“Every eulogy reminds me to deepen my dash, that place on the tombstone between our birth and our death.” - Regina Brett
Imagine your husband, kid, wife or Mom is standing at the funeral home podium, about to issue your eulogy and they say...
“She worked 60 hours a week and sure could make her way around an excel spreadsheet. One hell of a project manager. And we were all so proud when she earned the money for her mini cooper convertible. And how about that time she finally conquered level 524 in Candy Crush? Amazing.”
Of course, they’ll say none of that. They’ll just struggle to come up with something else. They’ll say you were a nice person. A good mother and wife, or father and son. But are you really? Will you have one of those generic, “He was a nice guy once you got to know him,” eulogies given for hot-tempered old men? What are you doing now that is making an impact in people’s lives?
Many of us spend the majority of our days building marketable skills for the economy, raising children to have marketable skills in the economy and then cashing in the rewards given for said marketable skills. This life makes for an empty eulogy and debatably an empty existence.
Author David Brooks, discussed this in his New York Times Op-ed column, "The Moral Bucket List," saying: "It occurred to me that there were two sets of virtues, the résumé virtues and the eulogy virtues. The résumé virtues are the skills you bring to the marketplace. The eulogy virtues are the ones that are talked about at your funeral — whether you were kind, brave, honest or faithful. … Many of us are clearer on how to build an external career than on how to build inner character."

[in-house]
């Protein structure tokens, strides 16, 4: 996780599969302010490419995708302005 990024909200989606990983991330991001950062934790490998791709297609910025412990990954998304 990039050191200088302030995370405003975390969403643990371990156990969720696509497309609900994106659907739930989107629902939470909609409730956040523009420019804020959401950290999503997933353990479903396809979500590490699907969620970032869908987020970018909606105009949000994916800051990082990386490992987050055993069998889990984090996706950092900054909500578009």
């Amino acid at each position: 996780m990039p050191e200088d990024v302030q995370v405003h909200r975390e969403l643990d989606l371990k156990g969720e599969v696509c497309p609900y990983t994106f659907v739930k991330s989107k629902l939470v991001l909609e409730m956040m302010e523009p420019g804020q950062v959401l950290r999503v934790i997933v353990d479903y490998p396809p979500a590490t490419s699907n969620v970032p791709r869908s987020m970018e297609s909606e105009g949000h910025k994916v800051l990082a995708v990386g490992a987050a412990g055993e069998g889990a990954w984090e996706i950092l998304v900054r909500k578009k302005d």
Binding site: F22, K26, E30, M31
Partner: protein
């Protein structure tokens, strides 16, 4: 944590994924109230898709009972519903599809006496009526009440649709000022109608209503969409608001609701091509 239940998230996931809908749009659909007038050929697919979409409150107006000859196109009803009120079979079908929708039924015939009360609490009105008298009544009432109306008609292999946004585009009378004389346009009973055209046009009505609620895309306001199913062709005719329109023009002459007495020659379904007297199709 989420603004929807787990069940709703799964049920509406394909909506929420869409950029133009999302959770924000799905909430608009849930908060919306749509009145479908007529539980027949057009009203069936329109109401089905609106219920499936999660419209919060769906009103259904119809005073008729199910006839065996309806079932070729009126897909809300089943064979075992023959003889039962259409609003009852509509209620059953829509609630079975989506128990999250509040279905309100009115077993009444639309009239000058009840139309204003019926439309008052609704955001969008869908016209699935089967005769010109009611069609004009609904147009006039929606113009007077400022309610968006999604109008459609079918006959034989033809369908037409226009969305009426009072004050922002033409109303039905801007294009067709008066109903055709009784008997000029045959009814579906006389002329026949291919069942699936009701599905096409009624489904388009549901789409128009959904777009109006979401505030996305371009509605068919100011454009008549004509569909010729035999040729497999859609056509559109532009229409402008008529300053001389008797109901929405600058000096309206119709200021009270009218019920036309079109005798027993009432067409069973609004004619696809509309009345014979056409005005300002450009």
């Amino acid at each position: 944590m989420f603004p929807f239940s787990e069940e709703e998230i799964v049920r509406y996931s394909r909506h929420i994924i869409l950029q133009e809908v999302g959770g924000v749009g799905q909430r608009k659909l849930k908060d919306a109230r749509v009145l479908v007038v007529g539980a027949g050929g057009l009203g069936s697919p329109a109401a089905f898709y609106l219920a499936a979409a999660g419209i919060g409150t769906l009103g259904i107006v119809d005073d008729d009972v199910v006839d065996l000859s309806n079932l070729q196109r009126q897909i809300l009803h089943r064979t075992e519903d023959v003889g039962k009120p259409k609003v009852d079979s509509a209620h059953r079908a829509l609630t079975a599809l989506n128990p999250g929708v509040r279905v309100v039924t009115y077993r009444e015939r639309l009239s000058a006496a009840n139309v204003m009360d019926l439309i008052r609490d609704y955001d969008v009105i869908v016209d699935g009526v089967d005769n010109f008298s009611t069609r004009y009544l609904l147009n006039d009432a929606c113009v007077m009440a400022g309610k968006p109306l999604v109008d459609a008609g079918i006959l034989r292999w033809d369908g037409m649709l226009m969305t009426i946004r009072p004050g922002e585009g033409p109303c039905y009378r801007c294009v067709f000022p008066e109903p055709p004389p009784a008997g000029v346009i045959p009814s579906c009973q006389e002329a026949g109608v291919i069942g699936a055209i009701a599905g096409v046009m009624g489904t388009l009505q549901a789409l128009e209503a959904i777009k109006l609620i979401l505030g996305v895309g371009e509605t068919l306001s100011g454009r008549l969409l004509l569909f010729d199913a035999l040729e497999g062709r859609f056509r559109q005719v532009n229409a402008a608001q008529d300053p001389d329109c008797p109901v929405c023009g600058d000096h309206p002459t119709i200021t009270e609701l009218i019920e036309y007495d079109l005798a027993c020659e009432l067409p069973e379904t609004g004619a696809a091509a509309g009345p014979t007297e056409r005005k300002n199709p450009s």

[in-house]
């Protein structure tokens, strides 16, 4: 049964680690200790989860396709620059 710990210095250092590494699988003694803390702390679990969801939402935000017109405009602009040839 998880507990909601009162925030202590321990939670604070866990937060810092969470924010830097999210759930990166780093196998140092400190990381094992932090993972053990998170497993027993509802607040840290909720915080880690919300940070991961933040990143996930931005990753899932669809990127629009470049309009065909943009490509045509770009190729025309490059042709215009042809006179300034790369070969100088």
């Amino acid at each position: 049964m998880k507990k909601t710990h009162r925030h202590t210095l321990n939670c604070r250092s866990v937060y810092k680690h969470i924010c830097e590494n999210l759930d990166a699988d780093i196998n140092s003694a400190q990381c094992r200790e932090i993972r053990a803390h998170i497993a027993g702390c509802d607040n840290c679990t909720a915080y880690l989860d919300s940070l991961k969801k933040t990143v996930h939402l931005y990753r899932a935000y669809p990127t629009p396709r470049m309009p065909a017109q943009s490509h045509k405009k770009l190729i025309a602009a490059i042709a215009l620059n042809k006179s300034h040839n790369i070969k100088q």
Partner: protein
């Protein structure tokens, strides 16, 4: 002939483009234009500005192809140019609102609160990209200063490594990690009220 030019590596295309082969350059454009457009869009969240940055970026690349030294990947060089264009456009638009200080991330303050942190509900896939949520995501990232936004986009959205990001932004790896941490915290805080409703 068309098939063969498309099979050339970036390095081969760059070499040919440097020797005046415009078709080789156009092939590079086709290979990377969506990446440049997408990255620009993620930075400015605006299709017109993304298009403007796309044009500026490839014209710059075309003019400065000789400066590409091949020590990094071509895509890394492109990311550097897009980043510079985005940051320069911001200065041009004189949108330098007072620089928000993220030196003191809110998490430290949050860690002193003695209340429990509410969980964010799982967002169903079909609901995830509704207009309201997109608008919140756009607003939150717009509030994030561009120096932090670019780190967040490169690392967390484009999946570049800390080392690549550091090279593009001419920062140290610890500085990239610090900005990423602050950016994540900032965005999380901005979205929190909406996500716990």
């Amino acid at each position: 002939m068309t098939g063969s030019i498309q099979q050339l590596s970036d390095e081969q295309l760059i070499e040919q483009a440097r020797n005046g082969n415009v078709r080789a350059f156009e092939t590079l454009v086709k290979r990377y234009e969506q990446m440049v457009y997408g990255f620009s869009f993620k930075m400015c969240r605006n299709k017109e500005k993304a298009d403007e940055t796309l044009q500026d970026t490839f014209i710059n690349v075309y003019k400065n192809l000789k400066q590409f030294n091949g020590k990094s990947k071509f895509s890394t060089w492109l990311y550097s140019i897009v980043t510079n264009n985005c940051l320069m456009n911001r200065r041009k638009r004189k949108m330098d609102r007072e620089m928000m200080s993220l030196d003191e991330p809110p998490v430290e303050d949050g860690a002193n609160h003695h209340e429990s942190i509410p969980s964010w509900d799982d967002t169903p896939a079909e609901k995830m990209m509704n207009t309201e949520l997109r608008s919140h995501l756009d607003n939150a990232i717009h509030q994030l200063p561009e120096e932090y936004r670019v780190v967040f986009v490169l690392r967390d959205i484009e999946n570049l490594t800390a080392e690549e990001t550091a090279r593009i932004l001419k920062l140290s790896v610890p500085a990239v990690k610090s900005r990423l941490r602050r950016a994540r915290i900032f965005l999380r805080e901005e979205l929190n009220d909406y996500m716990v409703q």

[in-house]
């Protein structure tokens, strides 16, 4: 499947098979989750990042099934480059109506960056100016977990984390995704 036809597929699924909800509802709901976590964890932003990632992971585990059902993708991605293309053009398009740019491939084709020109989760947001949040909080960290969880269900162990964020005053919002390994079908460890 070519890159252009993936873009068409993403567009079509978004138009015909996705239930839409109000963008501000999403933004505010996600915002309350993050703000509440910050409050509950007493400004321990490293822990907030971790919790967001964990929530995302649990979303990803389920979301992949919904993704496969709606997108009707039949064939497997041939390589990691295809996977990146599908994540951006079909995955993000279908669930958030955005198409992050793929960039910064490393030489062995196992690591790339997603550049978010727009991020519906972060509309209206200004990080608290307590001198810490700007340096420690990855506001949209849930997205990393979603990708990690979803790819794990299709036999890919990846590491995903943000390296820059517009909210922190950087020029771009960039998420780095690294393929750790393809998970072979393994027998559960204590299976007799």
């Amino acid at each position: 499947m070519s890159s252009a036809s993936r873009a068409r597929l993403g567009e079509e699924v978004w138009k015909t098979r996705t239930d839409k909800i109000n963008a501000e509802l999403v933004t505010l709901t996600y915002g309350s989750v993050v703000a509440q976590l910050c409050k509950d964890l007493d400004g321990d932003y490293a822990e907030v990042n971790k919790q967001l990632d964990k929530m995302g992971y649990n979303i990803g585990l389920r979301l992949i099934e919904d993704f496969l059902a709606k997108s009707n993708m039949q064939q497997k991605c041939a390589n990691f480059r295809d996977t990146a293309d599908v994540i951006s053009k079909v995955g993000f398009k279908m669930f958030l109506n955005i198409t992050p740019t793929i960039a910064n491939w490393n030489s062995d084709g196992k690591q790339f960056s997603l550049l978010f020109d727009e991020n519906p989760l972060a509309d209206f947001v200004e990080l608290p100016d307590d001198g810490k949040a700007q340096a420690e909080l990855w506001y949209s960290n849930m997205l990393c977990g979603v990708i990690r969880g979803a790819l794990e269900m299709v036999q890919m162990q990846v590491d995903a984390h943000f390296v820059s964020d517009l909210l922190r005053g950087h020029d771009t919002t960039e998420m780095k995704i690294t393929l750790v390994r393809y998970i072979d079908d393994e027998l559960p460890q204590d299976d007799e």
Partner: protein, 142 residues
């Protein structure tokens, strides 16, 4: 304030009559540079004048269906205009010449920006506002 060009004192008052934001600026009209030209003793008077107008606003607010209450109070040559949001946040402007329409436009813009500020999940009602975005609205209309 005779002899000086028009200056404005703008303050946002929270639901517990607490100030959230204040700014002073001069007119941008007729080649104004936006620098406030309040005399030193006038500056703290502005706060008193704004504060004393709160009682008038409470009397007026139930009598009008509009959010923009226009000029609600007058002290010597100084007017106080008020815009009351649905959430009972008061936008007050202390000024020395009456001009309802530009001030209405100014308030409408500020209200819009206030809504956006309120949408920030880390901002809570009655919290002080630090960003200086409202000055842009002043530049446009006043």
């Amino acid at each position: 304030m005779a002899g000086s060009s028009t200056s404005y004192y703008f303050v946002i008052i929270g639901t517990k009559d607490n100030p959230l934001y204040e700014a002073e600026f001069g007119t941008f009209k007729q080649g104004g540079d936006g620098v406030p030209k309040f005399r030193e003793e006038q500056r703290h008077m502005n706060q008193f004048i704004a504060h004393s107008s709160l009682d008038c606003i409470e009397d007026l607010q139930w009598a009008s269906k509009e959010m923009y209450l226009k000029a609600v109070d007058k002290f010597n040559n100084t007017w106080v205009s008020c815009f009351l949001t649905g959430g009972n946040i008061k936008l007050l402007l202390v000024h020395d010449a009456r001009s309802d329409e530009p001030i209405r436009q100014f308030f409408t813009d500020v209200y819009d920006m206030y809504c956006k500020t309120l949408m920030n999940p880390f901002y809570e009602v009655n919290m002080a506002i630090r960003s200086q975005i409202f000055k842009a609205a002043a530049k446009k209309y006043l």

Once dead, what we’ve done, really done, for others in a meaningful way is drug out into the light. And if we’ve done little for anyone beyond ourselves, that reality gets a bright light shined on it as well.
Why do we do this after someone is gone? There could be many reasons, but one is that those who remain are grieving and trying to call forth your legacy as comfort to the cold reality of death. You live no more to earn money or drive a convertible, but you live on in others.
You live on in their memory. You’re memorable when you make an impact. You make an impact, hopefully positive, by inspiring, loving and giving to those around you.
You live on through your generosity. Your bloom has been cut, but the seeds you planted in other’s lives grow -- the unconditional love you bestowed on children, the charitable foundation you began for your community or the inspirational stories or art you created to be passed on to others.
So, we ask, how is your eulogy coming? What are you doing of value today that extends beyond your own resume and life?